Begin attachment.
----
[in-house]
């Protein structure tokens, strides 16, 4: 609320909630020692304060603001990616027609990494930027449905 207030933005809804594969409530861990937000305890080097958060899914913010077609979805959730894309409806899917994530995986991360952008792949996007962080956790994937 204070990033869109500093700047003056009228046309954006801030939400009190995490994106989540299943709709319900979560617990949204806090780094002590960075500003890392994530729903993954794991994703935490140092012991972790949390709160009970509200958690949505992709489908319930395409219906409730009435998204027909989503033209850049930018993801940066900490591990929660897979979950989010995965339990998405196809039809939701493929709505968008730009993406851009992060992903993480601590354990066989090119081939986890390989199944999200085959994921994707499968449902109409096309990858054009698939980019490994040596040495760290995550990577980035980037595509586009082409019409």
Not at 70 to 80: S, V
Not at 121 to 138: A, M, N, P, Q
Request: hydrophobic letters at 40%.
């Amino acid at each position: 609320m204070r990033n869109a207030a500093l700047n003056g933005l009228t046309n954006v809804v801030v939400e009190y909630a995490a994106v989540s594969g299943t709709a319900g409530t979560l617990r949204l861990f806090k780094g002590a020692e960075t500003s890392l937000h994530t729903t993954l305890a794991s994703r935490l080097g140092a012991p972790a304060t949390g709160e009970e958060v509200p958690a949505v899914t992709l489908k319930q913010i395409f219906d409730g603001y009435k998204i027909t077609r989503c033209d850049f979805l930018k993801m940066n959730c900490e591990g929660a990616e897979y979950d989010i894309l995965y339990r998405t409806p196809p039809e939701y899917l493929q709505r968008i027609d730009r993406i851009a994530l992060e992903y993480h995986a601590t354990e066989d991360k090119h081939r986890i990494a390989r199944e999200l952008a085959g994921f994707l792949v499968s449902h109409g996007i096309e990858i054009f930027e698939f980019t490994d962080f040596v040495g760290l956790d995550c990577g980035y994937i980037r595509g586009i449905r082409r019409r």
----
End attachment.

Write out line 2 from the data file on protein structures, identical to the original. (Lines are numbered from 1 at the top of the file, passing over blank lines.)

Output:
């Protein structure tokens, strides 16, 4: 609320909630020692304060603001990616027609990494930027449905 207030933005809804594969409530861990937000305890080097958060899914913010077609979805959730894309409806899917994530995986991360952008792949996007962080956790994937 204070990033869109500093700047003056009228046309954006801030939400009190995490994106989540299943709709319900979560617990949204806090780094002590960075500003890392994530729903993954794991994703935490140092012991972790949390709160009970509200958690949505992709489908319930395409219906409730009435998204027909989503033209850049930018993801940066900490591990929660897979979950989010995965339990998405196809039809939701493929709505968008730009993406851009992060992903993480601590354990066989090119081939986890390989199944999200085959994921994707499968449902109409096309990858054009698939980019490994040596040495760290995550990577980035980037595509586009082409019409």